Infant Potty Training
© copyright 2000 - 2015
you ever thought about how babies were toilet trained in the days before
diapers? Or how they are potty trained today in places without diapers? There is
a growing community of mothers and fathers who are using infant potty training (IPT) with
their babies, a method similar to the way families around the world have been
handling the elimination issue for centuries.
With IPT, it is possible to work with infants as well as toddlers towards accomplishing what is commonly known as "potty training". The ideal time to start is between birth and the start of mobility (around 6 months of age). But you can also start with an older baby by gearing some of the tactics towards a mobile child.
is no English term to suitably describe infant potty training" as a
whole, since (a) an infant cannot sit on a potty and (b) the process is more
akin to teamwork (with your baby) and interconnectedness than actual training.
In other words, IPT is really about communication and responsiveness. It has
little to do with what we normally call training. Communication is the key
to connecting with your baby about elimination, and some people use the term
elimination communication (EC) to refer to infant pottying.
I have been writing about and researching this topic since first using it with my son in 1979 and wrote the very first book about it (Trickle Treat). If you want to know more or need encouragement click here for my books and DVD on the topic.
Training: A Gentle and Primeval Method Adapted to Modern Living
Potty Whispering: The Gentle Art of Infant Potty Training (2-disk DVD set with booklet).
You start by briefly whispering a watery
sound such as "sssss" in your baby's ear at potty time to help the child learn
to associate this sound with releasing the sphincter muscles. If it's (nearly)
time to go, infants can release on cue. Over time, different types of cues can
be used. And rest assured, there are many different types of elimination
communication you can use if starting with an older baby or toddler.
Studies of association show that infants are able to quickly learn and that positive experiences reinforce behaviors learned in the first weeks and months of life. Opponents say that any "catching" of elimination from babies 0-12 months is merely a matter of conditioning, but much of what we learn in life starts this way.
Infant pottying can be done on a part-time basis, with or without the use of diapers, and started at any time before approximately two years. It doesn't need to be overly time-consuming or to unduly take away from other activities. Changing diapers and cleaning dirty baby bottoms take time too, so why not get some elimination in a potty instead? The key to time management is to maintain a realistic balance in all that you do.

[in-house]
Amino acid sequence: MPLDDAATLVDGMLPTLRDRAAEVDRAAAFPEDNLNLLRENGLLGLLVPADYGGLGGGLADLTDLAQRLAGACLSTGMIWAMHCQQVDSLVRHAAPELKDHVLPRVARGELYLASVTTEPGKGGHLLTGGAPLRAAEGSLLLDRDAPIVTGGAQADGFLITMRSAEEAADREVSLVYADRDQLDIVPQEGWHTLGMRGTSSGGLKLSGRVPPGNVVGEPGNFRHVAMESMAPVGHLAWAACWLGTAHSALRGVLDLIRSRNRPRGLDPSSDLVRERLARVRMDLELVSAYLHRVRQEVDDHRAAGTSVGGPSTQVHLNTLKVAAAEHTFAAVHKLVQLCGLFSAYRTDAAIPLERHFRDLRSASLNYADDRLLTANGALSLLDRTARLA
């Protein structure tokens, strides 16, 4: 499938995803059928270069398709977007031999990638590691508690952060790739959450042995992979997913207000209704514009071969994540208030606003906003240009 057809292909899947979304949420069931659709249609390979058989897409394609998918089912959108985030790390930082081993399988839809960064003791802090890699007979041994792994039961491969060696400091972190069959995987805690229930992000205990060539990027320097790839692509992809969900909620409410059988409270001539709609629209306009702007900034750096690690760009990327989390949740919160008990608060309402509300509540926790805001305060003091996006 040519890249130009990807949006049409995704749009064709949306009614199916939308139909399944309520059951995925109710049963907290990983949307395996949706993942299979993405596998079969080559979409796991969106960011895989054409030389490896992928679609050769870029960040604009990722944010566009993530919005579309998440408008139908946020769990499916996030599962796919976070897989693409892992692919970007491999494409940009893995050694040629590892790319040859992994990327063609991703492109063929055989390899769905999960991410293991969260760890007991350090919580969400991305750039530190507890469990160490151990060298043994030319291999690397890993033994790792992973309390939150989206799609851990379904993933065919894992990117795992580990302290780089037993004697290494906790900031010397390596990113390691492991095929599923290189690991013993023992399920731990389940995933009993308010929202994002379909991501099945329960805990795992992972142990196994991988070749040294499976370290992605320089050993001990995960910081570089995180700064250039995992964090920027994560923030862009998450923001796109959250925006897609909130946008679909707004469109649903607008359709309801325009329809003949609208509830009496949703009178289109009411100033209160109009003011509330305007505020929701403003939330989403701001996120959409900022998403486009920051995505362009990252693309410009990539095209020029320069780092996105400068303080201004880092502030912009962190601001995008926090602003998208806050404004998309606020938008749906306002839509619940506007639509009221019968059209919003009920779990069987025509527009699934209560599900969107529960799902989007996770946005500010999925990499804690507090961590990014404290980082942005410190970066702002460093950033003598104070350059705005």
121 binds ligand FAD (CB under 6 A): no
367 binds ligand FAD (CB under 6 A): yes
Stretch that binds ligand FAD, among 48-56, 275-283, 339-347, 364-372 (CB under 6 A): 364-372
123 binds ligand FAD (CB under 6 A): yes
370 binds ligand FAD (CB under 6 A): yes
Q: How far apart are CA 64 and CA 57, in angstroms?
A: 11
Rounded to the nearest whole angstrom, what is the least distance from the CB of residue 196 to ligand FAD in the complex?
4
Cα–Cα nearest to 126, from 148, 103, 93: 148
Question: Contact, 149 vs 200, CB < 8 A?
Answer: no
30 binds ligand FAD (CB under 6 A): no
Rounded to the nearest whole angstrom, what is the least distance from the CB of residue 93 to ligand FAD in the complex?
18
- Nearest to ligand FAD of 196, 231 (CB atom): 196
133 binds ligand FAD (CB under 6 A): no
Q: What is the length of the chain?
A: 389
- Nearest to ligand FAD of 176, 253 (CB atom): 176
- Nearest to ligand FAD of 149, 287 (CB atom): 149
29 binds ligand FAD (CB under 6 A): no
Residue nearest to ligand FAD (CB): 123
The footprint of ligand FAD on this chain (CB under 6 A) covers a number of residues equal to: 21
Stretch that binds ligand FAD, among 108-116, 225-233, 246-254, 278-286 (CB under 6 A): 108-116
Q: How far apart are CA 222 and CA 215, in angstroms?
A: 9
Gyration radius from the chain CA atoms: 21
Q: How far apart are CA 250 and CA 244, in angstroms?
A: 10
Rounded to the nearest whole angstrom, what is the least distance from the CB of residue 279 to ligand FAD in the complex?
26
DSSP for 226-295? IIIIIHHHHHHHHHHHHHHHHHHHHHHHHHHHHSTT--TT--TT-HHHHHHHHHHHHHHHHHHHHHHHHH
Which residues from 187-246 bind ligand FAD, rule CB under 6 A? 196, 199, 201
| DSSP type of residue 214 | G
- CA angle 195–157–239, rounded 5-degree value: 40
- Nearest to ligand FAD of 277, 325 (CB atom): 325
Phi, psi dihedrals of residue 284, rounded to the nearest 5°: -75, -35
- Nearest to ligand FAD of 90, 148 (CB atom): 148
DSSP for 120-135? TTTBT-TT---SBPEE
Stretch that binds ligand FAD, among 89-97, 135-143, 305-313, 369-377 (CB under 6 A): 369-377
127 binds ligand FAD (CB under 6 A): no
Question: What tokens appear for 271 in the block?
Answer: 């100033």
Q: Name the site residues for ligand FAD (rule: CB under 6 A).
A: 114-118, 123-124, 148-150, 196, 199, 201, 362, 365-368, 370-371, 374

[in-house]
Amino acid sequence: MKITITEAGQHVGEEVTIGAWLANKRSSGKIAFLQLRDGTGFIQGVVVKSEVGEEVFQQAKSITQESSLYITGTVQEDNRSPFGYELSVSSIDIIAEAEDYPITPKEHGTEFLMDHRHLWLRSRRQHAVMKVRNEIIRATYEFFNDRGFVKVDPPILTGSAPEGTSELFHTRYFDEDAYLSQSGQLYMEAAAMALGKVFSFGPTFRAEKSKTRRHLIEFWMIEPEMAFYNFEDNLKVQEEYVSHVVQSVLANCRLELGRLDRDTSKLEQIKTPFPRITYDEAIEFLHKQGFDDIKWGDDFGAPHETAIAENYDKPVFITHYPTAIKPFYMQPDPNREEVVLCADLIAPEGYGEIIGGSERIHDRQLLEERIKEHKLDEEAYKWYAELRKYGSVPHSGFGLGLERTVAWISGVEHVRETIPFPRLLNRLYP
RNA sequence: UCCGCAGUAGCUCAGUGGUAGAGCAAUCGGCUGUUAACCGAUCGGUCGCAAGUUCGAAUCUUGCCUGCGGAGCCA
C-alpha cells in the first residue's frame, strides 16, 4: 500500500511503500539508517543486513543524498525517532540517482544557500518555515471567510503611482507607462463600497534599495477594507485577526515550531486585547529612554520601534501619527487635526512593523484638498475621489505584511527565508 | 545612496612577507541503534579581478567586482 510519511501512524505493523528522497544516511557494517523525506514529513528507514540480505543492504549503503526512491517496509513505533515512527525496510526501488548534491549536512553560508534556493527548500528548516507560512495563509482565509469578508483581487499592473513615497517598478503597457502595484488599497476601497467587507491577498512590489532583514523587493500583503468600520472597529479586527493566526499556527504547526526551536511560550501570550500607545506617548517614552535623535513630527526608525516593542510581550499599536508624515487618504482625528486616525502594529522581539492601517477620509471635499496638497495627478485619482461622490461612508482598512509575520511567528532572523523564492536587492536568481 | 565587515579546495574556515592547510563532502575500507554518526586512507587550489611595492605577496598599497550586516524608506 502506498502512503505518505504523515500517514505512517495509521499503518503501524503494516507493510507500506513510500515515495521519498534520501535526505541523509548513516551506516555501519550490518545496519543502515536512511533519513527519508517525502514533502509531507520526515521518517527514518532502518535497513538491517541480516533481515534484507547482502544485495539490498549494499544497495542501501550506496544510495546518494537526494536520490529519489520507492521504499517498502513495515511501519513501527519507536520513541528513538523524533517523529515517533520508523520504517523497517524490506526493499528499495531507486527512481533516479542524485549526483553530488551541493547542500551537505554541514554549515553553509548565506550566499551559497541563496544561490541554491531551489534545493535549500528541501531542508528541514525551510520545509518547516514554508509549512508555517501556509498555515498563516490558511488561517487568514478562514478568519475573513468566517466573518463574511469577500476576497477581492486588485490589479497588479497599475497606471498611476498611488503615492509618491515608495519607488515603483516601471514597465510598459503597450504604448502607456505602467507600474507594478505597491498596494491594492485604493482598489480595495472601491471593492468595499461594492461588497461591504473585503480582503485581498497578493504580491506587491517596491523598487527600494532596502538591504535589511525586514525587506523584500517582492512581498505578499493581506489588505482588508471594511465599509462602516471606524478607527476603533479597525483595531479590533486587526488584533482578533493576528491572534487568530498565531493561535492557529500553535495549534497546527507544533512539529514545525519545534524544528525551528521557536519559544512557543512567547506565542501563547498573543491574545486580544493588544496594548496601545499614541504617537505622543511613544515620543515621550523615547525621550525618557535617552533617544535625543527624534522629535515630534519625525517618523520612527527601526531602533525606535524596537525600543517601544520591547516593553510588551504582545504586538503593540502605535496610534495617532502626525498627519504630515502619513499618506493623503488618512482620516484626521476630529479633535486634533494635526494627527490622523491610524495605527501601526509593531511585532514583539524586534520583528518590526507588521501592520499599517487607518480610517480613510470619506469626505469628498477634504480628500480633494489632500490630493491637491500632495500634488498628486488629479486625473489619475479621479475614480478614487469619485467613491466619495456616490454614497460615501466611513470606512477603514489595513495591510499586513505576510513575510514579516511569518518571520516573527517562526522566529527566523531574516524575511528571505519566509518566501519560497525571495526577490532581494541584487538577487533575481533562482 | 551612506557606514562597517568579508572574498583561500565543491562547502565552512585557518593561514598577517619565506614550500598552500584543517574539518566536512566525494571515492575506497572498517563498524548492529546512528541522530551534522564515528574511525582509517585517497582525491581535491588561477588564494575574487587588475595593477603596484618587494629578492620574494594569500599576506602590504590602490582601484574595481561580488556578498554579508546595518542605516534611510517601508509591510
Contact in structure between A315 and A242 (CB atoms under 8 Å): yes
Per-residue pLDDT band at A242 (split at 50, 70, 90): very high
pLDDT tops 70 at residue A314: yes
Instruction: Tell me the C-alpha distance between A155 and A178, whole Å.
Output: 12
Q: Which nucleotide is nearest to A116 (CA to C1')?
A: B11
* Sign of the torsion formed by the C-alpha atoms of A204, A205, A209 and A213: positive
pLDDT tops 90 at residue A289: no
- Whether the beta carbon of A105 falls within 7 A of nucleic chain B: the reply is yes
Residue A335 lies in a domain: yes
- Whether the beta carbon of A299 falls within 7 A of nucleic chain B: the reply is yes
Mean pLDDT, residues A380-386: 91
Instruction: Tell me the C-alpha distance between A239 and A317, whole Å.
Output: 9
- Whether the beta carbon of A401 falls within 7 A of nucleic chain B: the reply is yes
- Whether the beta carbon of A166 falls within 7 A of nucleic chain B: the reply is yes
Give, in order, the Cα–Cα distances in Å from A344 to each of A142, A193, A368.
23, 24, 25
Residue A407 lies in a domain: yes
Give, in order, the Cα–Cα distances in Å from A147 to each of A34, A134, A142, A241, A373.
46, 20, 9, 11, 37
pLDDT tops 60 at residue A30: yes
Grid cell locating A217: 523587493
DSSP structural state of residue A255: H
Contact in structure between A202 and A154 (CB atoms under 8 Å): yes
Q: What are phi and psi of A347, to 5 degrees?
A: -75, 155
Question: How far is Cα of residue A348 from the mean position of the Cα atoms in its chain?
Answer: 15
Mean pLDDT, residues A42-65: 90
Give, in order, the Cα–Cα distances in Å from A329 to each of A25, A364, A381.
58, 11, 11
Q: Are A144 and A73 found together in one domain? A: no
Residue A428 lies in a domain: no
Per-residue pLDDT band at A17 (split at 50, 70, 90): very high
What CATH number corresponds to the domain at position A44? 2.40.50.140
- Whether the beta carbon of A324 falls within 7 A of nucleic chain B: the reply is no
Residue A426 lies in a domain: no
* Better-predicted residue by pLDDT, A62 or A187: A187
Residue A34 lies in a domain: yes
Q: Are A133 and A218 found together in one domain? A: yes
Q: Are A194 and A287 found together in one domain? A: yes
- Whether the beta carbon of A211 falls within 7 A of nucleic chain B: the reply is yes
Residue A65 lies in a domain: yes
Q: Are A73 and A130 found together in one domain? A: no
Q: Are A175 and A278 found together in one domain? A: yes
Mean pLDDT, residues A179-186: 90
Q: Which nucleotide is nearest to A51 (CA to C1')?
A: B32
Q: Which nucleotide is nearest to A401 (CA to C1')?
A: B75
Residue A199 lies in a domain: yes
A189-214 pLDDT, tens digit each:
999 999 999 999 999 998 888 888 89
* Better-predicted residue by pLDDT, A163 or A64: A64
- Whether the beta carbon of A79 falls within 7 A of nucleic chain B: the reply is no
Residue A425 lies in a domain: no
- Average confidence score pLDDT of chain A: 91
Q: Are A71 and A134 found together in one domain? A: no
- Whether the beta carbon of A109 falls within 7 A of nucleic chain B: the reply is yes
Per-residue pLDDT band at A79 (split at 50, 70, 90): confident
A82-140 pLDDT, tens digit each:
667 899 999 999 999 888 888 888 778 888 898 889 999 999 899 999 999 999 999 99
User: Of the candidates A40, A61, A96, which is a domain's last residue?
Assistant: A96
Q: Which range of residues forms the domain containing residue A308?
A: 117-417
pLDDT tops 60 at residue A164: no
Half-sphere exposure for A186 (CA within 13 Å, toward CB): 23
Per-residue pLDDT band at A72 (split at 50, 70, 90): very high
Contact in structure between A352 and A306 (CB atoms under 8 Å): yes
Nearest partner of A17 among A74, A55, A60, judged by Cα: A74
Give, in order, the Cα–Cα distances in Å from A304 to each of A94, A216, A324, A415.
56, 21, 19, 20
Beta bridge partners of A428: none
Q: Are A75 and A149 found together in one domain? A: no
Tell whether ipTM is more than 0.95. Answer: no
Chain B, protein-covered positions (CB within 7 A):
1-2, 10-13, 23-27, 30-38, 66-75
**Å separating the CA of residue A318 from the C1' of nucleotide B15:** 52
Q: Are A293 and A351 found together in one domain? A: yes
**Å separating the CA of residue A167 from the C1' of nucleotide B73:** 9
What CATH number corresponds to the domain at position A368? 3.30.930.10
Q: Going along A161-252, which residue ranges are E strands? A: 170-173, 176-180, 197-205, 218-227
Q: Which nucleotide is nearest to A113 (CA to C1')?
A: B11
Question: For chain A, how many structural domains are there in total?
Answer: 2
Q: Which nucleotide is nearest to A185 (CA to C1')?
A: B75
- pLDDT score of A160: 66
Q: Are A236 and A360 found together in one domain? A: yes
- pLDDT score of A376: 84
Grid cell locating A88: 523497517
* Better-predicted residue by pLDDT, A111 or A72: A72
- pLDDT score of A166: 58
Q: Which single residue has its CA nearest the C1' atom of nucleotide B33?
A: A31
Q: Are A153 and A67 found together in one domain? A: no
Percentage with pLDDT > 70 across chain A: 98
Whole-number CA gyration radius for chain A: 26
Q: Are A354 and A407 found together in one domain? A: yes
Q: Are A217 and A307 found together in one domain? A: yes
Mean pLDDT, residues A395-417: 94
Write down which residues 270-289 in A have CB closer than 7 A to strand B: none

With infant pottying, the emphasis is on being relaxed, non-punitive and communicative while keeping baby safe and comfortable. There are loads of benefits for baby, parents and the environment.
This is not the type of potty training we are familiar with and thus is often misunderstood. Some people don't even consider it to be potty training since it differs in so many ways. But whatever you decide to call it, medical professionals classify it as a form of toilet training. For a list of medical articles and supportive pediatricians, doctors and psychologists, visit the International Board for the Study, Research and Promotion of Assisted Infant Toilet Training (AITT Board).
If infant pottying resonates, please give it a try. Start gradually and gently, without great expectations. I think you will truly enjoy the amazing and reciprocal communication with your child. Your baby is ready if you are.If you have any questions please contact me. You will have to put this email in the address line of your message.
© copyright 2000 - 2015
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DISCLAIMER: The information on this site is of a general nature and is designed for educational purposes only. It should be taken as peer advice and is in no way intended to be a substitute for medical advice. As each parent-child relationship is unique and each child develops at his or her own individual pace, do not rely on this information if you are having any difficulties. We recommend that you visit a qualified Health Care Professional for individual and personal attention. All advice should be discussed with your doctor or pediatrician.